Silver Bridge Collapse
On December 15,1967 at approximately 5 p.m., the U.S. Highway 35 bridge connecting Point Pleasant, West Virginia and Kanauga, Ohio suddenly collapsed into the Ohio River.
At the time of failure, thirty- seven vehicles were crossing the bridge span, and thirty-one of those automobiles fell with the bridge. Forty- six individuals perished with the buckling of the bridge and nine were seriously injured. Along with the numerous fatalities and injuries, a major transportation route connecting West Virginia and Ohio was destroyed, disrupting the lives of many and striking fear across the nation.
The General Corporation and the American Bridge Company constructed the Highway Bridge in 1928. It was designed as a two-lane eye-bar suspension type bridge, measuring 2,235 feet in total length, including the approaches. The bridge was designed under the specifications set forth by the American Society of Civil Engineers. The design criteria the society required was an H-15 load demand. The load demand is the weight restrictions and guidelines that the designing engineers must factor into their design considerations.
The bridge was dubbed the 'Silver Bridge' because it was the country's first aluminum painted bridge. It was designed with a twenty-two foot roadway and one five-foot sidewalk. Some unique engineering techniques were featured on the Silver Bridge such as 'High Tension' eye-bar chains, a unique anchorage system, and 'Rocker" towers. The Silver Bridge was the first eye-bar suspension bridge of its type to be constructed in the United States. The bridge's eye-bars were linked together in pairs like a chain. A huge pin passed through the eye and linked each piece to the next. Each chain link consisted of a pair of 2" x 12" bars and was connected by an 11" pin. The length of each chain varied depending upon its location on the bridge.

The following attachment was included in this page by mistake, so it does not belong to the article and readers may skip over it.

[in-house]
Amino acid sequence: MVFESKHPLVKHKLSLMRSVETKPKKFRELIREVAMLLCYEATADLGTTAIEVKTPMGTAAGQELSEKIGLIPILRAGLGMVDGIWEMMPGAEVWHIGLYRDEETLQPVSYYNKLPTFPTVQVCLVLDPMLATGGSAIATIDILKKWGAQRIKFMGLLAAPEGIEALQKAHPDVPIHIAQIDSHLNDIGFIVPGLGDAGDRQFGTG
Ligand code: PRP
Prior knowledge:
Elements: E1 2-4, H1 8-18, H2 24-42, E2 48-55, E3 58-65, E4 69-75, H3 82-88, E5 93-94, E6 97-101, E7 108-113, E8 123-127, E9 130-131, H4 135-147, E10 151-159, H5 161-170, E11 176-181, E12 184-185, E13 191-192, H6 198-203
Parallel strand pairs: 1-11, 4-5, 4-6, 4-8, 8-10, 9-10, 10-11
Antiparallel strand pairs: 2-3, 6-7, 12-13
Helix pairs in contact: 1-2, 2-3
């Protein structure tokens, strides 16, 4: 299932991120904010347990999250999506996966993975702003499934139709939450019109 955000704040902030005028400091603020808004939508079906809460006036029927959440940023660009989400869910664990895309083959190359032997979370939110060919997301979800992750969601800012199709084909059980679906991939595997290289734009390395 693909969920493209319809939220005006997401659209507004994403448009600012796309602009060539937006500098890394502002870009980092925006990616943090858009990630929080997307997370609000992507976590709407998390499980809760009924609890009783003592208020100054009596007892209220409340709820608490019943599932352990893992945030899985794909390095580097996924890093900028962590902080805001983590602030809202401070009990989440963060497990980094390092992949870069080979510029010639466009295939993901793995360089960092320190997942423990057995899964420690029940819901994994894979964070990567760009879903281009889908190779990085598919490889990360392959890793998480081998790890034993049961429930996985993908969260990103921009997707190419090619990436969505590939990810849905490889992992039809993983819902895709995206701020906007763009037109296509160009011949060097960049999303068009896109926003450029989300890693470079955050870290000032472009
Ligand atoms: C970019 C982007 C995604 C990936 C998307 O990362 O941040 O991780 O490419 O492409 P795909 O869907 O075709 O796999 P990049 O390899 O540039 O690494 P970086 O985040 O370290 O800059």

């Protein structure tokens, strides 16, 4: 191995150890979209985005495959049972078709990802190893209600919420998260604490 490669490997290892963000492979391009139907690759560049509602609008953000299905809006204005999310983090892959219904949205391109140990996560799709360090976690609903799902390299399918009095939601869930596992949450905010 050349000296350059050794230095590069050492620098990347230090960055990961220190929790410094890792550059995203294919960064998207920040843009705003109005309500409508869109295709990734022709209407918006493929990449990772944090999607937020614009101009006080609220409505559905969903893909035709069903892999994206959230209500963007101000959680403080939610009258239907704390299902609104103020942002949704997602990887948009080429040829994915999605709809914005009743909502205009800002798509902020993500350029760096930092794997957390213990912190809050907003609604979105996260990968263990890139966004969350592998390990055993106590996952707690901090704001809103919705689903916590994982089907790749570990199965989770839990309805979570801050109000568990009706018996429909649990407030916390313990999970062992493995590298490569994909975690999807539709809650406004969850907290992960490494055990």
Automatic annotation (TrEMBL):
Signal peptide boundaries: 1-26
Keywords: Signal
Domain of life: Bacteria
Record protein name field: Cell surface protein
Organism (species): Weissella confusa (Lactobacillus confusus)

On December 15, 1967, the Silver Bridge collapsed while it was full of rush-hour traffic, resulting in the deaths of 46 people. Two of the victims were never found. Investigation of the wreckage pointed to the cause of the collapse being the failure of a single eyebar in a suspension chain, due to a small defect 0.1 inch (2.5 mm) deep. Analysis showed that the bridge was carrying much heavier loads than it had originally been designed for and was poorly maintained. The collapse is also linked to several Mothman sightings, leading to the 2002 movie, The Mothman Prophecies.
The bridge failure was due to a defect in a single link, eyebar 330, on the north of the Ohio subsidiary chain, the first link below the top of the Ohio tower. A small crack was formed through fretting wear at the bearing, and grew through internal corrosion, a problem known as stress corrosion cracking. The crack was only about 0.1 inch deep when it went critical, and it broke in a brittle fashion. Growth of the crack was probably exacerbated by residual stress in the eyebar created during manufacture.
When the lower side of the eyebar failed, all the load was transferred to the other side of the eyebar, which then failed by ductile overload. The joint was then held together only by three eyebars, and another slipped off the pin at the center of the bearing, so the chain was completely severed. Collapse of the entire structure was inevitable since all parts of a suspension bridge are in equilibrium with one another. Witnesses afterward estimated that it took only about a minute for the whole bridge to fall.